Thomas Beatie, world’s first pregnant man, describes social, legal challenges

Thomas Beatie, a female-to-male transsexual frequently cited as the world's

Suyeon Son/The Daily Northwestern

Thomas Beatie, a female-to-male transsexual frequently cited as the world's "first pregnant man," spoke about his social and legal challenges, as well as recent complications with his divorce.

Suyeon Son, Reporter

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Thomas Beatie is known by the media as “the world’s first pregnant man.”

But it is more than just the pregnancy that has shaped his experiences, he said. It’s that some hospitals labeled him as the mother on his children’s birth certificates. It’s that his father, with whom Beatie developed a strained relationship after his decision to undergo a female to male change, recently referred to Beatie as “his son” for the first time. It’s the memory of his first semblance of facial hair; how he felt his muscles respond to injections of testosterone; being addressed as “sir” in the grocery store.

Beatie came to Swift Hall on Saturday night and encouraged an audience of more than 50 people to “define normal for themselves.” Kaibigan, Northwestern’s Filipino cultural group, invited Beatie, who is one-fourth Filipino, to speak as part of their Fil*Anthrophy series, during which they dedicate their fundraisers to a specific cause. This event’s proceeds went to Believe International, a non-profit that provides education to disadvantaged youth in the Philippines.

“His story is very unique in that he was so true to himself,” said Kaibigan co-president and Weinberg junior Angelica Cabrera. “I was empowered and inspired by his story, and hopefully it will spark new conversations among the Northwestern community.”

Beatie, who attracted the attention of Oprah Winfrey and other prominent media after he became pregnant by artificial insemination, has since become a reproductive rights and LGBT activist although he continues to face legal implications.

He recently filed for divorce from his wife Nancy, but the Arizona judge in the case could not decide whether the marriage was valid. He questioned whether Beatie should be classified as a male or female and therefore deemed the marriage a possible domestic partnership.

The case, which will be decided within the next week, will be sent to the Supreme Court if the judge determines the marriage is not valid.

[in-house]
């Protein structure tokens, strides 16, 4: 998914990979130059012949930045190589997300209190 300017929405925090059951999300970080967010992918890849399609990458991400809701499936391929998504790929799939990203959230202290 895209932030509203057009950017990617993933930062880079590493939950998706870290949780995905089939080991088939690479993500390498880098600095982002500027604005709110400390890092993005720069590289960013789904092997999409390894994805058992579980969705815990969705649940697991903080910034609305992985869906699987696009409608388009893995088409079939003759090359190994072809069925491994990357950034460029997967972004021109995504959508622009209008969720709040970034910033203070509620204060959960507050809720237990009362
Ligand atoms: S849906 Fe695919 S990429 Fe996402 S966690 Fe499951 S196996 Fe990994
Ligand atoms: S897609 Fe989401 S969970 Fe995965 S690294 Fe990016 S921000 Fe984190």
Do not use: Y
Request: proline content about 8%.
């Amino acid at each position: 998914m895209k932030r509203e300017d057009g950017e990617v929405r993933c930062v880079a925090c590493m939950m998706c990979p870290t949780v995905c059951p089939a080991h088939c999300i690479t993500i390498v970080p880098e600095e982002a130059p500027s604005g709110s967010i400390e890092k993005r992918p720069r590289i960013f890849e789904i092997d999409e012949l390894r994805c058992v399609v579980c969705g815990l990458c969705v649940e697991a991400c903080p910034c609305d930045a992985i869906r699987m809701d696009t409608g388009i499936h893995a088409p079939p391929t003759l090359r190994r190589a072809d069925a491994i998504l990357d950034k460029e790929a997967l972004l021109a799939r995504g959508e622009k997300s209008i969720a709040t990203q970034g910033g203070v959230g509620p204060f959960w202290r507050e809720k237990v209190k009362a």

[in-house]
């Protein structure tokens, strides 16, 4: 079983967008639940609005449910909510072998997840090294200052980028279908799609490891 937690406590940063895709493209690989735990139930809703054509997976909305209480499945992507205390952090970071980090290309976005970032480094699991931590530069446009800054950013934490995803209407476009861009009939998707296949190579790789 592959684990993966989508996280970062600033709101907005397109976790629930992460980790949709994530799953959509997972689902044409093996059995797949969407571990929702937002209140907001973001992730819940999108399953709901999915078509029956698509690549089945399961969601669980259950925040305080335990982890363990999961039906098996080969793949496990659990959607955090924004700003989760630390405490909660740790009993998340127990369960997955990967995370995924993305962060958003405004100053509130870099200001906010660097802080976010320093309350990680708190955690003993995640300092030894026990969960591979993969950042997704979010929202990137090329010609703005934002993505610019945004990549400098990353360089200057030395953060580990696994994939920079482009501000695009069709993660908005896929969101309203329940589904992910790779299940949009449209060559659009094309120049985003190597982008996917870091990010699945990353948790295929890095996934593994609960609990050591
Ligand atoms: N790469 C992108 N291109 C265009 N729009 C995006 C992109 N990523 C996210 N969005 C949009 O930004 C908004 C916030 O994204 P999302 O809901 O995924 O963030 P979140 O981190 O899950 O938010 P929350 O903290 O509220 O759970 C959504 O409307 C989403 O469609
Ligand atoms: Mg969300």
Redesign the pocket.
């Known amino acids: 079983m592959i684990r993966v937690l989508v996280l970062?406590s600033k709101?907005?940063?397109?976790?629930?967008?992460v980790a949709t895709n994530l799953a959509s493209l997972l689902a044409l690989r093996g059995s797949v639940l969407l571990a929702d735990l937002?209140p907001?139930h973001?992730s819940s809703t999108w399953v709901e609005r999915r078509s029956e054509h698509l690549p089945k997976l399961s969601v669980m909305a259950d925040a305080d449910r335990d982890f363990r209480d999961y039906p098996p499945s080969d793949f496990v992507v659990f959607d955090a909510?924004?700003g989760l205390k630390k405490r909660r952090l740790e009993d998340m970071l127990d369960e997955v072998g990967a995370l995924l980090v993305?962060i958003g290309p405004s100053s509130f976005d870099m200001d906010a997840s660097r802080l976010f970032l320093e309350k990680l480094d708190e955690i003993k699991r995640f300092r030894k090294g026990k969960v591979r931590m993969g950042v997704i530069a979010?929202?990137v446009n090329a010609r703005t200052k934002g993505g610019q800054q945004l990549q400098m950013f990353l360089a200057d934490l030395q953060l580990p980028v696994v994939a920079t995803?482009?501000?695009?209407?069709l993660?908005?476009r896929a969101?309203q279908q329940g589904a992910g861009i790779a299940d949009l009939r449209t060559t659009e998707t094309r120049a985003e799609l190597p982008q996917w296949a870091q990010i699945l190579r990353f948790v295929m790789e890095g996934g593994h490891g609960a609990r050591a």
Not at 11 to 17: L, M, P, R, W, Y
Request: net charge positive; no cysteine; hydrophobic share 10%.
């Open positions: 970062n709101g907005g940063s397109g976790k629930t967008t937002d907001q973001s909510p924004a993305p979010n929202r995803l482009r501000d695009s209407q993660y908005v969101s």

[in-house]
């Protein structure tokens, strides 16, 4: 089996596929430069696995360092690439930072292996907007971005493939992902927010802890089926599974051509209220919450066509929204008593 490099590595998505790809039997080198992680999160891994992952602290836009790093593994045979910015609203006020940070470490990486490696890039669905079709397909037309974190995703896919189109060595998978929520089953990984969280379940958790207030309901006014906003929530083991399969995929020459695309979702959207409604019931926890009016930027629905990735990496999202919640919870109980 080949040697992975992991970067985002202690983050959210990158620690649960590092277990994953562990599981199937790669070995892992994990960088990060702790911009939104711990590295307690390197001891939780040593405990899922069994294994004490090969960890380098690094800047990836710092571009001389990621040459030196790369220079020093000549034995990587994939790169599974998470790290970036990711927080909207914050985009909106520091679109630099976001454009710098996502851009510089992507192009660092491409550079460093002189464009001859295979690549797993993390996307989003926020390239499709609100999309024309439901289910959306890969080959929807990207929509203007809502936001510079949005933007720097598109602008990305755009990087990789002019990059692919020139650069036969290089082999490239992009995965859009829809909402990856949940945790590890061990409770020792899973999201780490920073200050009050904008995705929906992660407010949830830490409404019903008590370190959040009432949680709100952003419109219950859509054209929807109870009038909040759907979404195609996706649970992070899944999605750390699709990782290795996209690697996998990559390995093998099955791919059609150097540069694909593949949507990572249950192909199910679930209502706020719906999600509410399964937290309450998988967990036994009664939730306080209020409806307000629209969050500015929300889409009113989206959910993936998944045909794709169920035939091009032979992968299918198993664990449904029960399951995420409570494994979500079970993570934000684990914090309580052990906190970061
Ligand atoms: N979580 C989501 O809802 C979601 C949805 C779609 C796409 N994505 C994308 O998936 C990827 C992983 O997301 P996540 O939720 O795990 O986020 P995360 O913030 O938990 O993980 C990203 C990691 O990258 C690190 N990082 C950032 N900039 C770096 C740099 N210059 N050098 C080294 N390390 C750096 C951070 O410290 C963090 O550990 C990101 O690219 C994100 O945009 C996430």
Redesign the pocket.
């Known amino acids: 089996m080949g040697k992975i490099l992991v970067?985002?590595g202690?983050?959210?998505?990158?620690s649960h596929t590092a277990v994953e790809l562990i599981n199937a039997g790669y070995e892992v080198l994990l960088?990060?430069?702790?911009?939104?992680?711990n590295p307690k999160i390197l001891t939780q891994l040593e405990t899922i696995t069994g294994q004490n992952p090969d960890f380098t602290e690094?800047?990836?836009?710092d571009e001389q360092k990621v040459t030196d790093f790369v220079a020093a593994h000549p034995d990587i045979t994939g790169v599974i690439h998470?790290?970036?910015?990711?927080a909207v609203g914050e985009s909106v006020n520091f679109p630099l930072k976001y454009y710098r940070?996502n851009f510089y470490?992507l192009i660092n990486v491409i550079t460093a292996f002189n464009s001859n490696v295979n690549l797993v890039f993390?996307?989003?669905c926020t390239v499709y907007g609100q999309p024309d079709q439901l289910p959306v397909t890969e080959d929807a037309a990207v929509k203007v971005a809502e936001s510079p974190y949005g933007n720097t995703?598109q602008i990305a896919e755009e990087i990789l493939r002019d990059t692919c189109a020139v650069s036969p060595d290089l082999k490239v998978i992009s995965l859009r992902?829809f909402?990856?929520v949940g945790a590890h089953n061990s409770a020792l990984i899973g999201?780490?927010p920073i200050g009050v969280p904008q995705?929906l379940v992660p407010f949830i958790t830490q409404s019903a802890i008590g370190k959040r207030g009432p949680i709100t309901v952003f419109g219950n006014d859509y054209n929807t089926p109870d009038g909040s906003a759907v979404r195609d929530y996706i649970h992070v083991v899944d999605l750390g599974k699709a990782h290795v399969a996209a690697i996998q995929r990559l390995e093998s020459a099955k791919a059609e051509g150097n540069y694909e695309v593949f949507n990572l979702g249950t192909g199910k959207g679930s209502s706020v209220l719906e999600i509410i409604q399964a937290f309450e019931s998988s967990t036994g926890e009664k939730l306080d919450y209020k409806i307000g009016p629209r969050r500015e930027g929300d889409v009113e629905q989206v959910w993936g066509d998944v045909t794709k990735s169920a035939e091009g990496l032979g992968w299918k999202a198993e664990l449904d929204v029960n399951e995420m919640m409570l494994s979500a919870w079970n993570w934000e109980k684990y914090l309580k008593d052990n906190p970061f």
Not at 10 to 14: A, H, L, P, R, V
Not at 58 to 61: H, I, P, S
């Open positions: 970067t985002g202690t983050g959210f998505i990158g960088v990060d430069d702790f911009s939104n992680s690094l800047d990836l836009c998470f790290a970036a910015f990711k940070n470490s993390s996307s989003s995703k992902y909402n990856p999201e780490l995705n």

“I never thought that my gender was something that could be put on trial,” Beatie said.

Beatie said he had felt like a boy since an early age. He remembered wanting to be just like his father and do the things that boys typically do.

“It’s not that those inclinations, or likes alone, made me feel like a boy,” he said. “It was something beyond that – it was a masculine energy inside of me. “

However, Beatie’s father was insistent on playing up Beatie’s femininity, encouraging him to get into the modeling industry. Beatie, who was a contestant in the Miss Hawaii Teen USA pageant before cutting his hair off and assuming the male gender in his 20s, said he was glad he did it because it made him realize exactly what he was not.

“When I had my mastectomy, literally and figuratively, I felt like a weight was lifted from my chest,” Beatie said.

McCormick sophomore Jonathan Li, who attended the event, said he was glad for the opportunity to explore some of the social topics that he has not studied as an engineering student.

“There are still some issues that I am uncomfortable about, but he was a great speaker,” he said.

However, not all have been receptive to Beatie’s situation. Insensitive reactions often ensued, Beatie said, recalling how a gynecologist refused to see him because the doctor did not feel comfortable seeing a transgender patient. He fought rumors that he was creating a sensation for the money, though he said he only received a t-shirt, mug and hat for his interview with Oprah.

“Once the media gets a hold of your story, they do with it what they want,” Beatie said. “In some places, I was giving birth to kittens. I had to set the story straight.”

Beatie, whose wife could not conceive, said one of the most frequent questions he received about his pregnancy was why he did not adopt or have a surrogate mother. He said it was nearly impossible for the couple to get a surrogate because doctors turned them away. Beatie also dealt with criticism from individuals who did not understand his decision to carry a child.

“I don’t know how many people ask that of the next happily married couple, when they have a child, ‘Why didn’t they adopt?’” he said. “When people ask that of me, ‘Why didn’t you adopt?’ it’s more of a command.”

The father of three children – Susan, Austin and Jensen – reiterated that his struggle was everyone else’s struggle.

“I’m just a man on this planet who wanted a family, and I did what it took to have one,” he said. “I believe that our dreams are universal: life, liberty and the pursuit of happiness.”